had to do a 180 degree return. that does not mean the prime minister suddenly is the ruler of the land, but it means there is a momentum suddenly not in favor of the generals but in the favor of the street. as you said, we will see where this will take us because there are a number of dynamics at play here. there's the military, the street, the neighbors of the african union and the international community. reporter: for now, sudan takes another uncertainty step. al jazeera, khartoum. rob: abdalla hamdok spoke to al jazeera and explained what he hopes the new government will look like. >> the concept of the upcoming government is that it will be a technocratic government, made up of sudanese qualified professionals. about one and a half years are left out of the transitional period, therefore the upcoming government should focus on very
specific issues, chiefly the completion of the transition into democracy and the constitutional conference and holding elections. we all know elections require one full year at least. it might drag on for more than a year. i hope we can all did agree on the remaining transitional period where the government would lead the country until the schedule elections. rob: let's bring in our guests. in khartoum, we have kholood khair, managing partner at insight strategy partners. and we have in doha, waleed madibo, founder and president of sudan policy forum. this is going to be a technocrat government extensively with no
political affiliations. political prisoners have been released and investigations will be held into the killing of protesters. will that go some way to satisfy the opponents of this agreement? kholood: it doesn't look like it. the initial response was immediate and we have not seen much deviation from that. so the committees that make up the bulk of the street-level or the other association or the forces of freedom and change umbrella protector prime minister in many ways to help him make these decisions. this raises questions about to what extent the prime minister will have support from civilians going forward. rob: the original transitional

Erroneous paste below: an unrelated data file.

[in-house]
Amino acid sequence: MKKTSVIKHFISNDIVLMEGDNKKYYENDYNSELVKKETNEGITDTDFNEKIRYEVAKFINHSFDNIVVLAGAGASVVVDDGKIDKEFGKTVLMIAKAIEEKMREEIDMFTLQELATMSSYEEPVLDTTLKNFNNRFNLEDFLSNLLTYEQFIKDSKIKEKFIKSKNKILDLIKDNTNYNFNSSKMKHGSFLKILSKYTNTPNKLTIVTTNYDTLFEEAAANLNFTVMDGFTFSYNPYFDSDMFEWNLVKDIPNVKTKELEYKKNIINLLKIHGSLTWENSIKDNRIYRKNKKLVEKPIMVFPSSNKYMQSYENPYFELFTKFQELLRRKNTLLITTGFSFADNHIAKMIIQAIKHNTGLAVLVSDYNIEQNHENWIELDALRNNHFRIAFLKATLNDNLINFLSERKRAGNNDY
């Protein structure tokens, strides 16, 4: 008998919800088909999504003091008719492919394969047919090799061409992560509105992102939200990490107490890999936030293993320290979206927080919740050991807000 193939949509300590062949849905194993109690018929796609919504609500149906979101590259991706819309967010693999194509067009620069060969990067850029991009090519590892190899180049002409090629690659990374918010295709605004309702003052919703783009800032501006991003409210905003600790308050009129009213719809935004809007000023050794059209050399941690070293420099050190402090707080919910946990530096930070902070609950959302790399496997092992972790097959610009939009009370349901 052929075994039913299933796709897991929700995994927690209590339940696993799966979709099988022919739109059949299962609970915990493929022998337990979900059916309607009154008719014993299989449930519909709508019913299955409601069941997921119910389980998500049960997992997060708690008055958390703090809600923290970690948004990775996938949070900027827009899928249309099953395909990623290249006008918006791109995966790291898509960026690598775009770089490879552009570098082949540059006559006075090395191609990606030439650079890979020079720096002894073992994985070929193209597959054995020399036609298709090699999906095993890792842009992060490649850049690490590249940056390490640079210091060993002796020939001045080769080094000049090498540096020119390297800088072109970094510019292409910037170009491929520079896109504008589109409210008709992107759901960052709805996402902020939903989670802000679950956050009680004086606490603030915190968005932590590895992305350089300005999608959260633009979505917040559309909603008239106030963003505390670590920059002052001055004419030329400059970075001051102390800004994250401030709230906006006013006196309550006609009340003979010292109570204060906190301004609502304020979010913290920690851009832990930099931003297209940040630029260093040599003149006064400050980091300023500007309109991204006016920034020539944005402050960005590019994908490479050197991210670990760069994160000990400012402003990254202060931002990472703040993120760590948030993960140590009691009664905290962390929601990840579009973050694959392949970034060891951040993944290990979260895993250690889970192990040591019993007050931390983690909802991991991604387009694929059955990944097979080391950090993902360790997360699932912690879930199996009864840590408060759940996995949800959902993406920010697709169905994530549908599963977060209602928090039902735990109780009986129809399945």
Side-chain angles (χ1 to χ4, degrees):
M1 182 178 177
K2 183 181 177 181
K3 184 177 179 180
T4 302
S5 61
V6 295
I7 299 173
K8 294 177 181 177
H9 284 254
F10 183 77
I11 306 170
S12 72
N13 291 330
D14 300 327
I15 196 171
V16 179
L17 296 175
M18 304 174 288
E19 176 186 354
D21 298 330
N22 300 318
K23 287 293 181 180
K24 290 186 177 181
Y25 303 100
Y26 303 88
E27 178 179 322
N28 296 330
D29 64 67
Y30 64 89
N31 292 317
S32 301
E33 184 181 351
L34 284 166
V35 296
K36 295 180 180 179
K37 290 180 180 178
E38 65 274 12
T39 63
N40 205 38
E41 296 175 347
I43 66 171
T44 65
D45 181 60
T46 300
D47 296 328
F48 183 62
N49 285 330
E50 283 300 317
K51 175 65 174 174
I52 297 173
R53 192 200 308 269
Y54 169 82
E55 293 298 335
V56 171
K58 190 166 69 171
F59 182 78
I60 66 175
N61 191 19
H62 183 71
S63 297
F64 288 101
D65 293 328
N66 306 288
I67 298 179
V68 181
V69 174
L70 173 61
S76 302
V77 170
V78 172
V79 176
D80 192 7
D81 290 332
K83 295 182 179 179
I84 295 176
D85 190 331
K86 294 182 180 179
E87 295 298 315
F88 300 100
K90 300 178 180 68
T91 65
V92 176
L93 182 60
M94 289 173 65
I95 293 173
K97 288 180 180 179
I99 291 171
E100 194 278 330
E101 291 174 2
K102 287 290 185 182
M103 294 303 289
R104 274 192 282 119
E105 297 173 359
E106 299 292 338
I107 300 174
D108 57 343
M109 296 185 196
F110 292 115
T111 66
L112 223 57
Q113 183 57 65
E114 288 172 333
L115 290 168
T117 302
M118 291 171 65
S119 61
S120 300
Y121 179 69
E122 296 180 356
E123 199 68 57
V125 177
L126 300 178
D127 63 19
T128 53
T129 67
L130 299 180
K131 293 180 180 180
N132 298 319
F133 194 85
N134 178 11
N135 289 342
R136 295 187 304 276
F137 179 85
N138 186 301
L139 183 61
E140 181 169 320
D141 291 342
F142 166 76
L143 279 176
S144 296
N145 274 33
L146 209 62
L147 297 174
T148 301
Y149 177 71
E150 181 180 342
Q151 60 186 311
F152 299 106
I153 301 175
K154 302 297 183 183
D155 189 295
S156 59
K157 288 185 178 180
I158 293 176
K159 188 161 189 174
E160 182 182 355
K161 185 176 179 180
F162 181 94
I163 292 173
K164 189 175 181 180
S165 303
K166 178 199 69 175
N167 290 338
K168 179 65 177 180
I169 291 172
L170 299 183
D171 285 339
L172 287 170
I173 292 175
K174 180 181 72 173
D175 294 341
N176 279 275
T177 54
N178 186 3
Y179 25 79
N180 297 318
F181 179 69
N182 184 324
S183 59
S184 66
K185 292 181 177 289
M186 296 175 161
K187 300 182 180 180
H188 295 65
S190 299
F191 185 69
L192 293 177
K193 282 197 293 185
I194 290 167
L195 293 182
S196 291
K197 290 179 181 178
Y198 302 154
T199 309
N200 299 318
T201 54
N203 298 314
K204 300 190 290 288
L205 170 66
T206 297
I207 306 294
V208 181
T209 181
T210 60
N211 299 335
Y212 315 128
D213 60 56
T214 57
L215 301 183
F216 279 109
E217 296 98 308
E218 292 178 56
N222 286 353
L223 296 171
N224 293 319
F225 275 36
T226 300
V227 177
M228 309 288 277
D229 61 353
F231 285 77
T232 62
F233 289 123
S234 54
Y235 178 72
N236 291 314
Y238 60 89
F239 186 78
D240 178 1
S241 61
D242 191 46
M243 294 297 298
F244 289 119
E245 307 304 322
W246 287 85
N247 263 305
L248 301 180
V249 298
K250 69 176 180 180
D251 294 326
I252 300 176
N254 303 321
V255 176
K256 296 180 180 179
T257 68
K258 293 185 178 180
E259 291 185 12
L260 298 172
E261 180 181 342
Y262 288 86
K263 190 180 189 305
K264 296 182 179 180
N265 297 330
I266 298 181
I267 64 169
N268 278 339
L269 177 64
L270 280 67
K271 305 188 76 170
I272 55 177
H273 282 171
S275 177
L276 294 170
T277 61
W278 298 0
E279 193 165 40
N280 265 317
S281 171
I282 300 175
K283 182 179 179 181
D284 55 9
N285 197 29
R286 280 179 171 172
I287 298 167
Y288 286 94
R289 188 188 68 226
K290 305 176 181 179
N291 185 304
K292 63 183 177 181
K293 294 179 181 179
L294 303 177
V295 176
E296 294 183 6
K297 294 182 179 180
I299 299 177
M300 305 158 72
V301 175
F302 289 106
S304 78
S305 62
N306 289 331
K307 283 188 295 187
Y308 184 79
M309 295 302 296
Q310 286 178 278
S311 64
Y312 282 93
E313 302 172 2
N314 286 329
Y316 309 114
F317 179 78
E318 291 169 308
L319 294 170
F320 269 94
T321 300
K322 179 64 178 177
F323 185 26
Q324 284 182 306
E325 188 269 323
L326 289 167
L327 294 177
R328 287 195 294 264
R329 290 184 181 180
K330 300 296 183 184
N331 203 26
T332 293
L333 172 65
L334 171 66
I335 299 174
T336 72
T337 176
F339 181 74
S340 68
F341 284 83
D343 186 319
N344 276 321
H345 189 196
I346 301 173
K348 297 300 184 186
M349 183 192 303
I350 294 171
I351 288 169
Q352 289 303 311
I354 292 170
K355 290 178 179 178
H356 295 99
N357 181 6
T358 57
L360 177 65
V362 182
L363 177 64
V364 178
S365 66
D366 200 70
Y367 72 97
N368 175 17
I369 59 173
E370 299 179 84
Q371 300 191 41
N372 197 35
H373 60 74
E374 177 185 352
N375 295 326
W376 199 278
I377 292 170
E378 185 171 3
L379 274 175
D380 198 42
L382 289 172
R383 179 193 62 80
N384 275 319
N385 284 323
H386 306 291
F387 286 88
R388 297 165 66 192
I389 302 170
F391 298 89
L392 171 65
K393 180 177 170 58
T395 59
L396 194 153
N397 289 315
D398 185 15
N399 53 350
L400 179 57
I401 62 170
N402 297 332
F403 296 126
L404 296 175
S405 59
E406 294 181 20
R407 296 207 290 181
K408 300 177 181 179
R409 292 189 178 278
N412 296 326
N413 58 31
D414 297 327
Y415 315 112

process drove it to a halt. doesn't this create some room for maneuver to move forward? waleed: i believe that the dissolution of the transitional government threatened to derail the process and the sudanese transition. it has plunged the country back into a cycle of violence. i believe that if you look at the fact that no deal has been agreed, and if we entertain the idea that the coup d'etat imperiled international aid, it
is now endangering sudan's international standing as a democracy. i don't believe that this whole issue of democratic government is going to resolve the situation, because the quagmire is of a political nature rather than technocratic nature. rob: at the signing, it was suggested this was a return to a prior constitutional agreement. can you clarify if that is the case? ahmed: i think any interpretation of what was signed yesterday will tell you this is a mere institutionalization of the coup that took place on the 26th of october. the only decision that was reversed from the long list of decisions taken on the 25th of october was the reinstatement of the prime minister.